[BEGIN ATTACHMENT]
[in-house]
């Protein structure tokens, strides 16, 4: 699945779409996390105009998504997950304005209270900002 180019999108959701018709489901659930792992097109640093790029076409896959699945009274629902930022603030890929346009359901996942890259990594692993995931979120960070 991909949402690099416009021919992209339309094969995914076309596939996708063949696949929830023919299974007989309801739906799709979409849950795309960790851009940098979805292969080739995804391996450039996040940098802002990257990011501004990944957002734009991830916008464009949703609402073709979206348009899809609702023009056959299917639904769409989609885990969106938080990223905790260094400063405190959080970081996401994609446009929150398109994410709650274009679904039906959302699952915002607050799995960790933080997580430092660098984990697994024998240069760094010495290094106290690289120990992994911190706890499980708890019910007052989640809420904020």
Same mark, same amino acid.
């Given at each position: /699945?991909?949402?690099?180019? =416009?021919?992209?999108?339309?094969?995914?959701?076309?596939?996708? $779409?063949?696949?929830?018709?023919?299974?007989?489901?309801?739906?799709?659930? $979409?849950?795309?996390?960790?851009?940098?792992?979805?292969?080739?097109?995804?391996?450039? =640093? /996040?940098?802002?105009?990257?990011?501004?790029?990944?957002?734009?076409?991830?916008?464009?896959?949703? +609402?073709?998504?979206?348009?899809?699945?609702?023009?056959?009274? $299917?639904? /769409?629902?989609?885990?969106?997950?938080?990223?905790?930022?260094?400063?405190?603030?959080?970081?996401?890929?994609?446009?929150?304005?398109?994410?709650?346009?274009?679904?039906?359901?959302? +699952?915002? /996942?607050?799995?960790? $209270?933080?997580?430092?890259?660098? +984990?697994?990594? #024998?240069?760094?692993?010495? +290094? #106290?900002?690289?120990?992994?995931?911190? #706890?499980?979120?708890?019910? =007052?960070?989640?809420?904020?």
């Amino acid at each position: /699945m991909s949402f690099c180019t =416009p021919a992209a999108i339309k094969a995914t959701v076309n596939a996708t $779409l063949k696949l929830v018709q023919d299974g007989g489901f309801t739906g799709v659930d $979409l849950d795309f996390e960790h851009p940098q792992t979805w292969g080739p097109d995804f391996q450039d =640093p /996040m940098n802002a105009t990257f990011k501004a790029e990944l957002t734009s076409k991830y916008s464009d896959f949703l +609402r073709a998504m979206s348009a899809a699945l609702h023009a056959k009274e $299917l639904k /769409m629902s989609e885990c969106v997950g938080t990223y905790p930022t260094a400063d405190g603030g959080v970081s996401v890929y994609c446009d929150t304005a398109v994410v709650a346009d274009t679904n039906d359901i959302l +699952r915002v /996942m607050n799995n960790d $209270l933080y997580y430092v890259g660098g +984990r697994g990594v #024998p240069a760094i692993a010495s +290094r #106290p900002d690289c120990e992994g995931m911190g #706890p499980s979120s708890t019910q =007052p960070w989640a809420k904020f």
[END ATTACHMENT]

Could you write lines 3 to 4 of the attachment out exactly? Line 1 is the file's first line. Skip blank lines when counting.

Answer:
Same mark, same amino acid.
């Given at each position: /699945?991909?949402?690099?180019? =416009?021919?992209?999108?339309?094969?995914?959701?076309?596939?996708? $779409?063949?696949?929830?018709?023919?299974?007989?489901?309801?739906?799709?659930? $979409?849950?795309?996390?960790?851009?940098?792992?979805?292969?080739?097109?995804?391996?450039? =640093? /996040?940098?802002?105009?990257?990011?501004?790029?990944?957002?734009?076409?991830?916008?464009?896959?949703? +609402?073709?998504?979206?348009?899809?699945?609702?023009?056959?009274? $299917?639904? /769409?629902?989609?885990?969106?997950?938080?990223?905790?930022?260094?400063?405190?603030?959080?970081?996401?890929?994609?446009?929150?304005?398109?994410?709650?346009?274009?679904?039906?359901?959302? +699952?915002? /996942?607050?799995?960790? $209270?933080?997580?430092?890259?660098? +984990?697994?990594? #024998?240069?760094?692993?010495? +290094? #106290?900002?690289?120990?992994?995931?911190? #706890?499980?979120?708890?019910? =007052?960070?989640?809420?904020?």